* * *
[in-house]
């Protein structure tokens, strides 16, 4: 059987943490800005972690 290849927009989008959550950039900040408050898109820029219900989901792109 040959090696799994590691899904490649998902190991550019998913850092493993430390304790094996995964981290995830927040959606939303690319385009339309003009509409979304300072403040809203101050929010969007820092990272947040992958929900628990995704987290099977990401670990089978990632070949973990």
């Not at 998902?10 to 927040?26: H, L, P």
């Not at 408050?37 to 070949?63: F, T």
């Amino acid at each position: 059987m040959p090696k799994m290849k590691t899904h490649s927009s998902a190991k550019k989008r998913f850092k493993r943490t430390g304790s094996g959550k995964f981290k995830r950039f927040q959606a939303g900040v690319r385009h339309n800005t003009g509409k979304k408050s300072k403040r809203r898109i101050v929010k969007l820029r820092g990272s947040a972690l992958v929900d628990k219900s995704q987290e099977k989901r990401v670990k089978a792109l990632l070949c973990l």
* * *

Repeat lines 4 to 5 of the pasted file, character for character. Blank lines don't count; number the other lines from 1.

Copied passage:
């Not at 408050?37 to 070949?63: F, T």
């Amino acid at each position: 059987m040959p090696k799994m290849k590691t899904h490649s927009s998902a190991k550019k989008r998913f850092k493993r943490t430390g304790s094996g959550k995964f981290k995830r950039f927040q959606a939303g900040v690319r385009h339309n800005t003009g509409k979304k408050s300072k403040r809203r898109i101050v929010k969007l820029r820092g990272s947040a972690l992958v929900d628990k219900s995704q987290e099977k989901r990401v670990k089978a792109l990632l070949c973990l």